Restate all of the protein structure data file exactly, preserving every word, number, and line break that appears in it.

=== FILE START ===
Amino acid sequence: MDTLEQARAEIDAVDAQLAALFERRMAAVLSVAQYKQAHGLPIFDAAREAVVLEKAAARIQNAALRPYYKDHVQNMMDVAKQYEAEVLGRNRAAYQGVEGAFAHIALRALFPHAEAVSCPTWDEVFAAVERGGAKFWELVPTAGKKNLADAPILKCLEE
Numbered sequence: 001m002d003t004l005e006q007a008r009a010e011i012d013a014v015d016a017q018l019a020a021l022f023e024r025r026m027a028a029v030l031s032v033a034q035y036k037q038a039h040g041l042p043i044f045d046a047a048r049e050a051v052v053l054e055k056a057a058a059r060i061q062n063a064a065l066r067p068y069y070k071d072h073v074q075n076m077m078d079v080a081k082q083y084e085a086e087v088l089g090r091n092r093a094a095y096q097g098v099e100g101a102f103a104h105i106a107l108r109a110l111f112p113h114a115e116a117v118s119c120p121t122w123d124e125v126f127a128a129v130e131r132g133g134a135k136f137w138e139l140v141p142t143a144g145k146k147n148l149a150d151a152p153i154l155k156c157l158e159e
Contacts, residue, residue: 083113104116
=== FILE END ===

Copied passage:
Amino acid sequence: MDTLEQARAEIDAVDAQLAALFERRMAAVLSVAQYKQAHGLPIFDAAREAVVLEKAAARIQNAALRPYYKDHVQNMMDVAKQYEAEVLGRNRAAYQGVEGAFAHIALRALFPHAEAVSCPTWDEVFAAVERGGAKFWELVPTAGKKNLADAPILKCLEE
Numbered sequence: 001m002d003t004l005e006q007a008r009a010e011i012d013a014v015d016a017q018l019a020a021l022f023e024r025r026m027a028a029v030l031s032v033a034q035y036k037q038a039h040g041l042p043i044f045d046a047a048r049e050a051v052v053l054e055k056a057a058a059r060i061q062n063a064a065l066r067p068y069y070k071d072h073v074q075n076m077m078d079v080a081k082q083y084e085a086e087v088l089g090r091n092r093a094a095y096q097g098v099e100g101a102f103a104h105i106a107l108r109a110l111f112p113h114a115e116a117v118s119c120p121t122w123d124e125v126f127a128a129v130e131r132g133g134a135k136f137w138e139l140v141p142t143a144g145k146k147n148l149a150d151a152p153i154l155k156c157l158e159e
Contacts, residue, residue: 083113104116